week in North Queensland, and I was making the point to the Premier on the way across that coming through this electorate, the growing area, it's got all the buzz of a place on the move as one gets right throughout Queensland. We do have great opportunities in

Australia and one of the places of opportunities is the State of Queensland, and it is governed by a government which is going to be doing the same things and thinking the same way as the Commonwealth Government so that we advance together, we use the huge power of the Commonwealth with the co-operation of Wayne and his Government in ways that I think Premiers like Joh Bjelke-Petersen and others just let opportunities slip by, by naked, narrow, politicising of State and Commonwealth dichotomies, having attacks upon the Commonwealth government, who ever it might be, which was not really productive for the people of Queensland.

That has all changed. We have got a very co-operative relationship and one where the Commonwealth today is doing things which formerly was the preserve of the States and where the States were doing things for the Commonwealth in areas which were only done by us. I think the changes we made at the Commonwealth Council of Australian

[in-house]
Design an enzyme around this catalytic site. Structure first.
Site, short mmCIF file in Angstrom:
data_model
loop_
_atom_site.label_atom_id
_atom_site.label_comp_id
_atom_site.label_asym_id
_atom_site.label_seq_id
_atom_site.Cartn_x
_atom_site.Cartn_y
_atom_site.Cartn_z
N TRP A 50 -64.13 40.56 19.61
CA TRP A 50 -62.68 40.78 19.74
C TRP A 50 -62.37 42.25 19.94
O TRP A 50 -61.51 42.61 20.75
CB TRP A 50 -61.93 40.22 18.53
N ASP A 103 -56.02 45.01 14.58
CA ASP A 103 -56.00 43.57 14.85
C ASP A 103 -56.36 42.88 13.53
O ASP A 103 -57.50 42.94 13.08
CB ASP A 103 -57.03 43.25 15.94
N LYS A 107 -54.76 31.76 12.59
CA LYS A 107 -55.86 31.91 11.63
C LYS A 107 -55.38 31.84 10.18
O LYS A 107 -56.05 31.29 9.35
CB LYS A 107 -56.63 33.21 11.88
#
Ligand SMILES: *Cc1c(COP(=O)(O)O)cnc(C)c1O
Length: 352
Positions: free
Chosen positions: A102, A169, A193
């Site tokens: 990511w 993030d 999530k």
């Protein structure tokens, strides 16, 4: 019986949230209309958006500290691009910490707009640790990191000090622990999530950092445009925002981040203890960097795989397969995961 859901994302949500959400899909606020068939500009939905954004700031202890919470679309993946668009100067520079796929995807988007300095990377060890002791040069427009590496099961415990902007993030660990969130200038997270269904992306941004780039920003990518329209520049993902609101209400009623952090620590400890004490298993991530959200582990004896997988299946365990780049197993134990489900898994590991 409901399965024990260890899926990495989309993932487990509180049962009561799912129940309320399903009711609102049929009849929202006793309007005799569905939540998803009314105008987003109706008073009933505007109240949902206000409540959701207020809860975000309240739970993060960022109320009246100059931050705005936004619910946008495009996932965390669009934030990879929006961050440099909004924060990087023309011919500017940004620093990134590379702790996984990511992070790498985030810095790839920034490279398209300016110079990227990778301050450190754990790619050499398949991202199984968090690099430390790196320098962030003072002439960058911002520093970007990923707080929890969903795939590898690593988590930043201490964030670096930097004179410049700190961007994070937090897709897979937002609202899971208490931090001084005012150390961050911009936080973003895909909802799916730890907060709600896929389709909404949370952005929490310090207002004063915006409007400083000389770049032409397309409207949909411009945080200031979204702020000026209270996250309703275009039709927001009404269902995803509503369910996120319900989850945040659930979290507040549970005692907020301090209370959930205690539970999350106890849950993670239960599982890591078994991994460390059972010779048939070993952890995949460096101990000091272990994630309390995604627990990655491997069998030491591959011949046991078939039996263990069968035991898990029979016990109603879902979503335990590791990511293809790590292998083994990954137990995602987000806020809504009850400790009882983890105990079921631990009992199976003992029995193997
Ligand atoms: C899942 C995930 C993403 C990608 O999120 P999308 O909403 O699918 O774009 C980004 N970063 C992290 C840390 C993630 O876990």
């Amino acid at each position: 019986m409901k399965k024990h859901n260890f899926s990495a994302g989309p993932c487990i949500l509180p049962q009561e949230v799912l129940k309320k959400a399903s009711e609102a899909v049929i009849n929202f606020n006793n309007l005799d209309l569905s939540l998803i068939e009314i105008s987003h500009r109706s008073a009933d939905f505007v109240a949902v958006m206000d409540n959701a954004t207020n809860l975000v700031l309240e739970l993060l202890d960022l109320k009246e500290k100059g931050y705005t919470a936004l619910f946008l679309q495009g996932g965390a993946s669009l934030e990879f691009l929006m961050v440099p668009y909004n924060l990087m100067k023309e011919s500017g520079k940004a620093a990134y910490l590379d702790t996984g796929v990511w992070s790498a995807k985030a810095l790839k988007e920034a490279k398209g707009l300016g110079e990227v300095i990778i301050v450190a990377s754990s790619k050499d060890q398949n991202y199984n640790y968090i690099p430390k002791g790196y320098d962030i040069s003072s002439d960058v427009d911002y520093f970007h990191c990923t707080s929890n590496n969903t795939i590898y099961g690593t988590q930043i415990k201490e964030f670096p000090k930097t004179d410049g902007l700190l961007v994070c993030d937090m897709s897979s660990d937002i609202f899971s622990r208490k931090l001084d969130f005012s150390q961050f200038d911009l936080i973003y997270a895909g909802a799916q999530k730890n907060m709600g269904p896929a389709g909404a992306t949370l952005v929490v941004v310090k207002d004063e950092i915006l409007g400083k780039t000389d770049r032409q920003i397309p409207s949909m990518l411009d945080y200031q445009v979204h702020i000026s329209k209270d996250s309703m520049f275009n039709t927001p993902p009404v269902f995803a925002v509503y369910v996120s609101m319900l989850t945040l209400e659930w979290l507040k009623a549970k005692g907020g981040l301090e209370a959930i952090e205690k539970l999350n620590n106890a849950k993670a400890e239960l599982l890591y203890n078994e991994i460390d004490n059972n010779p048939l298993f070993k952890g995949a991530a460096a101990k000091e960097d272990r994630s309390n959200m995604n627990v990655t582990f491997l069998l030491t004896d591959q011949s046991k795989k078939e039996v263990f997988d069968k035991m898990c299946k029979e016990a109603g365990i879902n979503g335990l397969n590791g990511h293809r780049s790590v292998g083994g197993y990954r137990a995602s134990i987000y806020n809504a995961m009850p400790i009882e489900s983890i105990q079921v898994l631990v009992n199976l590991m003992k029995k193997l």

Governments, where we can sit down and discuss non-financial matters in things like education, in railways, in courts, in the micro-economy, in packaging, in standards and all these other things, are things where co-operative Federalism does mean something in the

hands of good people and people who want to do things.

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So I am very encouraged, naturally I suppose, by the events of the last month, but I'm particularly encouraged by the circumstances we find ourselves in with the Government here in Queensland and in Australia generally.

Let me say a few special words for our friends in the Opposition. I don't want to leave them out. The National Party, of course, laid a dead hand on Australia for most of the post—War years. If there is one reason why Australia has got structural problems today it is because of the hayseeds of the National Party. Even those rare well springs of inspiration that might have come from Liberal Party ministers in Coalition governments were extinguished by the dead hand of the National Party. Whose view has always been,